Hydraulic fracturing, commonly called “fracking,” is the most common type of well stimulation treatment (WST). It is a relatively uncommon drilling technique in California, responsible for about 2% of total in-state oil production. Governor Newsom has expressed his commitment to work with the Legislature to change state law to prohibit the practice of hydraulic fracturing by 2024. For the remaining time that hydraulic fracturing is expressly permitted under state law, the process for reviewing permits for WST continues to be the strongest in the country.
In November 2019, the Geologic Energy Management Division (CalGEM) requested a third-party scientific review of pending well stimulation permit applications to ensure the state’s technical standards for public health, safety and environmental protection are met prior to approval of each permit. To ensure the proposed permits comply with California law, including the state’s technical standards to protect public health, safety, and environmental protection, the Department of Conservation asked experts at the Lawrence Livermore National Laboratory (LLNL) to assess CalGEM’s permit review process. LLNL also evaluated the completeness of operators’ application materials and CalGEM’s engineering and geologic analyses.
The independent scientific review is one of
Governor Newsom’s initiatives to ensure oil and gas regulations protect public health, safety, and the environment. This review, which assesses the completeness of each proposed hydraulic fracturing permit, is taking place as an interim measure while a broader audit is completed of CalGEM’s permitting process for well stimulation. That audit is being completed by the Department of Finance Office of Audits and Evaluation (OSAE) and will be completed and shared publicly later this year and is intended to provide recommendations to further refine and strengthen the WST permitting program.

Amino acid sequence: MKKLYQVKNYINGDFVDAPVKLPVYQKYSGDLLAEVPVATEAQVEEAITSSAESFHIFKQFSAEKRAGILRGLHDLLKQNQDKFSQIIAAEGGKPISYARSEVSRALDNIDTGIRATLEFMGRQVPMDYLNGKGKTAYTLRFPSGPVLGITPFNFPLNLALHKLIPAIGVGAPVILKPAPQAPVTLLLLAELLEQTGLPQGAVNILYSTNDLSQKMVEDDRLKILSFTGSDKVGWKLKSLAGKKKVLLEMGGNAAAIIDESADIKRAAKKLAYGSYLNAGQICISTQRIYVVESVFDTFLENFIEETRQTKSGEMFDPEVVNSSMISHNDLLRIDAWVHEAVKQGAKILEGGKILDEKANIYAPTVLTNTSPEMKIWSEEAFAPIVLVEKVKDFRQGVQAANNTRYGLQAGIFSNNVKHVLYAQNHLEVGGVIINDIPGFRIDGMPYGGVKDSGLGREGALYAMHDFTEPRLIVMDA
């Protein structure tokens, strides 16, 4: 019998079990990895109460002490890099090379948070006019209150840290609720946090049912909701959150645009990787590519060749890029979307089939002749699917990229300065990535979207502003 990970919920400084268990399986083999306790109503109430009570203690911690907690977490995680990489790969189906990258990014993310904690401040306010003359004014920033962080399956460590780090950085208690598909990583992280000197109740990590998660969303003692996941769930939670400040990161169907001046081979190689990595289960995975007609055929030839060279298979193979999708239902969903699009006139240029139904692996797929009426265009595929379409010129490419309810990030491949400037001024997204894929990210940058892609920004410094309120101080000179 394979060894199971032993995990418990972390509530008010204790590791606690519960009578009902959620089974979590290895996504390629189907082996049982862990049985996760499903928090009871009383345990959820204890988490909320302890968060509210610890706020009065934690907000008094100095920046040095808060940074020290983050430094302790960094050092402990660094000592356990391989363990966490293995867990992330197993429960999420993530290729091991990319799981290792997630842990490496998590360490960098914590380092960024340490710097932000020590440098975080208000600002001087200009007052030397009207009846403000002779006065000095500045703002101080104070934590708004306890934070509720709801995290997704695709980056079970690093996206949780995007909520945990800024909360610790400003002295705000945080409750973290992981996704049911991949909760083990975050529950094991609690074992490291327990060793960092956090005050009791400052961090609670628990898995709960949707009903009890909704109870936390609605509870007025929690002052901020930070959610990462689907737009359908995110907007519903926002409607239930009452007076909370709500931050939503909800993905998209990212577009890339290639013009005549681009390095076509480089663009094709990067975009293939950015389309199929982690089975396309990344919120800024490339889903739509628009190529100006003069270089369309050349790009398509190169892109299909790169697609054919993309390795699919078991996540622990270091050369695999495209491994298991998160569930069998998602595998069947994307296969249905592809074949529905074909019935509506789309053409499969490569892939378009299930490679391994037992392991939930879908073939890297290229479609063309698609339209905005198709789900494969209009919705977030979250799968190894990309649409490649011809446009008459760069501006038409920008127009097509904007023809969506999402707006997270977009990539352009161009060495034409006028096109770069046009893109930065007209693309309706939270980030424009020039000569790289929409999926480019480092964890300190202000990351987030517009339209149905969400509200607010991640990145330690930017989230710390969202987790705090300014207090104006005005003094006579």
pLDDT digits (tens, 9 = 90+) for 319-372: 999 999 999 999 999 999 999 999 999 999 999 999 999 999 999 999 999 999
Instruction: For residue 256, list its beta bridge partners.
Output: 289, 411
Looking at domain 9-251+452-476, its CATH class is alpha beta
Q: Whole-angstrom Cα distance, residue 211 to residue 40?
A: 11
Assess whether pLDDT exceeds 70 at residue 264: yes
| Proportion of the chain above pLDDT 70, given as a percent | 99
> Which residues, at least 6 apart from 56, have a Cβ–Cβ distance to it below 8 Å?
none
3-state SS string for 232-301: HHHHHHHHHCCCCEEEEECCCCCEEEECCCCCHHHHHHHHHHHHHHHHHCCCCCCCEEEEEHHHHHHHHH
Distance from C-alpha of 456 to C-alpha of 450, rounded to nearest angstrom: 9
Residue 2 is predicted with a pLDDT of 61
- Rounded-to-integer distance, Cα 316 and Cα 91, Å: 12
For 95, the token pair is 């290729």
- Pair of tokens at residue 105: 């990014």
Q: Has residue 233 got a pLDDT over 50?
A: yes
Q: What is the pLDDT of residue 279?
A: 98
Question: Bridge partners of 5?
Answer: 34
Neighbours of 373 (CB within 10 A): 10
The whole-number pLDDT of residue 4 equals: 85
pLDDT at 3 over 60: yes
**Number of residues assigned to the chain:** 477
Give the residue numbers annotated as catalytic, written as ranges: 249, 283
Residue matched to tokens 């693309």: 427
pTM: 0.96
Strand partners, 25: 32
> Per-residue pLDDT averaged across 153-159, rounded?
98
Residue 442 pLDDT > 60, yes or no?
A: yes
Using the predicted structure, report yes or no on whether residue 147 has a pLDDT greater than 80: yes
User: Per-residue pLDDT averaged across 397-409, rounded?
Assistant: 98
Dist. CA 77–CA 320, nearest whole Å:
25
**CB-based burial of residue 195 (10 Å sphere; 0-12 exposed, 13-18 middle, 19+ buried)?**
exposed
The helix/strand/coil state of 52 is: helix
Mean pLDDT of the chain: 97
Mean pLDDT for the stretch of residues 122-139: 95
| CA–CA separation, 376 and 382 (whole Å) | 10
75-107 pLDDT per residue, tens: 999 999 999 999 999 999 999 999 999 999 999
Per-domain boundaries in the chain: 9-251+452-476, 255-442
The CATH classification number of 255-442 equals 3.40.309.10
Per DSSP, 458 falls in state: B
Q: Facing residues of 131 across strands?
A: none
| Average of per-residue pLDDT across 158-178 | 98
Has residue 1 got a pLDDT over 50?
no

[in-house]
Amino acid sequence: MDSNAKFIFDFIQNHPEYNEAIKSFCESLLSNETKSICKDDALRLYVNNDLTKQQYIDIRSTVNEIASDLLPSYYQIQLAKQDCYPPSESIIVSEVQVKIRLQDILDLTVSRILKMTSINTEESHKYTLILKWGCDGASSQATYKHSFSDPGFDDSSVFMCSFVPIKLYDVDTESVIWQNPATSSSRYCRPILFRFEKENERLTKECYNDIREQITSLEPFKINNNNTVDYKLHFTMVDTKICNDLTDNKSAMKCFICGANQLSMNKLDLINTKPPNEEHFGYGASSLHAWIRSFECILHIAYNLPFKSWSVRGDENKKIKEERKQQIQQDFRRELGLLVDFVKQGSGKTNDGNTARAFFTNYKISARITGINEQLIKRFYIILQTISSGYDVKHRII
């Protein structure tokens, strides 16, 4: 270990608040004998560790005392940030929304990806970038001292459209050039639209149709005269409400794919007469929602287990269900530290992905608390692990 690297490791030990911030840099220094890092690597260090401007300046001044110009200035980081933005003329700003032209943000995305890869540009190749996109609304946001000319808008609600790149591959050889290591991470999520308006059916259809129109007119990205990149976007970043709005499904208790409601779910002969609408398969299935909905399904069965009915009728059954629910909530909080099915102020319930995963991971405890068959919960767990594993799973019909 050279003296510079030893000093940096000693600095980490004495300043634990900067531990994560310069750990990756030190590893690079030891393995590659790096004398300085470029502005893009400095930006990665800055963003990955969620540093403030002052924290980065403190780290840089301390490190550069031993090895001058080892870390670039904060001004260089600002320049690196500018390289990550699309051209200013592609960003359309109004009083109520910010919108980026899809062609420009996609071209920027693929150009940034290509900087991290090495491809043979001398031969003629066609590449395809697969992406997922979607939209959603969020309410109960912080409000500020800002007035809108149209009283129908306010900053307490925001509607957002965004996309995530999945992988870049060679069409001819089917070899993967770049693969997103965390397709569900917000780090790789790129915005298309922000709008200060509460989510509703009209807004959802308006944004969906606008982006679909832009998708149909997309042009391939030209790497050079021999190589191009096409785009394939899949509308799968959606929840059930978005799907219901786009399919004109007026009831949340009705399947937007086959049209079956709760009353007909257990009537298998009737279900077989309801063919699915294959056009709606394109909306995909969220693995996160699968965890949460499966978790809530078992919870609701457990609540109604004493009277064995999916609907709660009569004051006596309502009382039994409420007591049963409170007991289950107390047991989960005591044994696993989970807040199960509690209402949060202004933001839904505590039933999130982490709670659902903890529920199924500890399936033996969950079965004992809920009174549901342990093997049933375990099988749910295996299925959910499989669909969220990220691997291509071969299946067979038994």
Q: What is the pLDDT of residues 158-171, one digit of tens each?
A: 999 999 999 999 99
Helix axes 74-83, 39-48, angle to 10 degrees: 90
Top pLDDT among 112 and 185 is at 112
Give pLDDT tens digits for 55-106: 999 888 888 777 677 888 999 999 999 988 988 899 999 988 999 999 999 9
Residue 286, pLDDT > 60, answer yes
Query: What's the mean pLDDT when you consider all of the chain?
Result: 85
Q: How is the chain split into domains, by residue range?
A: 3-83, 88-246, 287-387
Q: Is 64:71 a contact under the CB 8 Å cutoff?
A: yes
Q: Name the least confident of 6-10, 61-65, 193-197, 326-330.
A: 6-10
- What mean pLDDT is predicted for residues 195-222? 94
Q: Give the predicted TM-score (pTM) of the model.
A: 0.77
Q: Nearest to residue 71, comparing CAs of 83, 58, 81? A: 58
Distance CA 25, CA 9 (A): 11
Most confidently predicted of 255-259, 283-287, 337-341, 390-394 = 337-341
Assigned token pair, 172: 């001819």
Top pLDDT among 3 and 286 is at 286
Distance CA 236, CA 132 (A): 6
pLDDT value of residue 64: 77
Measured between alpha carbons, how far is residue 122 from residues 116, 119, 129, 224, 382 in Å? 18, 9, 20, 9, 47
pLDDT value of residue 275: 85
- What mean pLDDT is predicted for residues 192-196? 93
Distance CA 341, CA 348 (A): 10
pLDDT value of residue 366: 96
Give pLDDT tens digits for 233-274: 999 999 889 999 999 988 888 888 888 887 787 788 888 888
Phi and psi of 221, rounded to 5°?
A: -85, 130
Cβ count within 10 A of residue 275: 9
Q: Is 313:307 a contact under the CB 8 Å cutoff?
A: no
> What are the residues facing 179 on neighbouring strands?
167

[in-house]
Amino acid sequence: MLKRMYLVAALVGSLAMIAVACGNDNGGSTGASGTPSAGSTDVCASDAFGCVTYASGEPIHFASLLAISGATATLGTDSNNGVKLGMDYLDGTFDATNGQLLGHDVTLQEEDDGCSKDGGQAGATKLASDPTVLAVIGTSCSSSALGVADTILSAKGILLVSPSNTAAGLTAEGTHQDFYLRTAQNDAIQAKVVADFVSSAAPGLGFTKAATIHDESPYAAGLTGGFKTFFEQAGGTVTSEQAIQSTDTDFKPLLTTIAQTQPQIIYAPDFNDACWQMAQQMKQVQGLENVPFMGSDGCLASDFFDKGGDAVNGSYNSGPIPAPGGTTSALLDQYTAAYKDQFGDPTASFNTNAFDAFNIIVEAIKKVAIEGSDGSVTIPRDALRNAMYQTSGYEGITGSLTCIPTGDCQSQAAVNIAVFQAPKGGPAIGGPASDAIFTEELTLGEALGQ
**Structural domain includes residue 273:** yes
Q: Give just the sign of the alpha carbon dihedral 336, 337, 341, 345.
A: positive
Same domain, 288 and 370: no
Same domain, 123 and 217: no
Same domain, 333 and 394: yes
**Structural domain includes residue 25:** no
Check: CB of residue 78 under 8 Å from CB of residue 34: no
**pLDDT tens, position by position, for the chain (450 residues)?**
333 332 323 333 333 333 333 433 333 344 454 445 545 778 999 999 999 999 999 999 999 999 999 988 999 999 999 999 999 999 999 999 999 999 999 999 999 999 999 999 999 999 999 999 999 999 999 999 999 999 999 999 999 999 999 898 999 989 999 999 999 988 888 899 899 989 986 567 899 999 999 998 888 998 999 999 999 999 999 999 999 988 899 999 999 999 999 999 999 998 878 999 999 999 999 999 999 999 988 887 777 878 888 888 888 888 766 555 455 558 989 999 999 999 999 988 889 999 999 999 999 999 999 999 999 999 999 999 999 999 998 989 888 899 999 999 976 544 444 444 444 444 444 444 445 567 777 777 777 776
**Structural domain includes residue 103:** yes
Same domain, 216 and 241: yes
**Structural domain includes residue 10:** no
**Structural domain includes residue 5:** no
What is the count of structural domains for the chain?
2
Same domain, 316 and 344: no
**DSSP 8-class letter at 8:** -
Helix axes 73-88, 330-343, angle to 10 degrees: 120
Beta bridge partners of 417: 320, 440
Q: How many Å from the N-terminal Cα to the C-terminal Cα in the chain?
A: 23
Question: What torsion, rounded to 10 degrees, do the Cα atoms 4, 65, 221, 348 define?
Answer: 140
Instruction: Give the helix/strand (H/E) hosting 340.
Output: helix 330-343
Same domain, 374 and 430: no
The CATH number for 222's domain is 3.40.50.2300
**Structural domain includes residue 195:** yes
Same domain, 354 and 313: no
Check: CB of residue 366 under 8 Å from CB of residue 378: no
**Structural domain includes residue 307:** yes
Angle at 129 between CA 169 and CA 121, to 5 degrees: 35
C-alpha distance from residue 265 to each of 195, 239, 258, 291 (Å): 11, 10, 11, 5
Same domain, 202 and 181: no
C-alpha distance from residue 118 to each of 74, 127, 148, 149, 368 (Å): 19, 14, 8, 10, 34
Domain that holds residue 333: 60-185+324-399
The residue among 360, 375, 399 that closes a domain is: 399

LLNL experts are continuing evaluation on a permit-by-permit basis and conducting a rigorous technical review to verify geological claims made by well operators in the application process. Permit by permit review will continue until the Department of Finance Audit is complete later this year.
LLNL’s scientific review of the permit applications and process found that the permitting process met statutory and regulatory requirements. LLNL found, however, that CalGEM could improve its evaluation of the technical models used in the permit approval process. As a result, CalGEM now requires all operators to provide an Axial Dimensional Stimulation Area (ADSA) Narrative Report for each oilfield and fracture interval which must be validated by LLNL and conform to the new CalGEM permitting process. This will improve CalGEM’s ability to independently validate applicants’ fracture modeling.
Current state law allows for hydraulic fracturing and other forms of well stimulation. SB 4 (Pavley, 2013) established stringent public health, safety and environmental criteria that have been widely described as among the strongest safeguards in the nation.
- Extensive engineering and geologic review and well integrity evaluations in order to ensure that WSTs are confined to the intended geologic zone;
- Neighboring parties must receive
advance notification of projects and can request that their water quality be tested to establish a baseline
post-stimulation reports must be filed, including the amount of water used and the source of that water
- Seismic monitoring must take place during well stimulation operations. If a magnitude 2.7 or larger earthquake occurs nearby, the project must halt while an evaluation is conducted by CalGEM and the California Geological Survey
CalGEM has issued 62 WST permits to date in 2020 following review by LLNL. Fifty seven permit applications have been denied. Eight additional WST permits are being issued this week, bringing this total to 66 approved WST permits to conduct hydraulic fracturing. All of the permits issued have been for operations in established Kern County oil fields.
WST permit approvals and resulting hydraulic fracturing activity is at its lowest level since the Legislature enacted Senate Bill 4 in 2014 to expressly permit hydraulic fracturing under the nation’s strongest regulatory conditions. By comparison, during the same time period last year (2019), approximately 220 permits were approved, an amount roughly consistent with annual permit approvals in the three years since SB 4 regulations took effect.
Lawrence Livermore National Laboratory Assessment Reports:
ADSA Model and Calibration Narrative:
Documents (Application files, CEQA, and MOA comments) pertaining to the approved permits can be found at the link below. Please search by API number or by Date Modified.
Documents (Application files, CEQA, and MOA comments)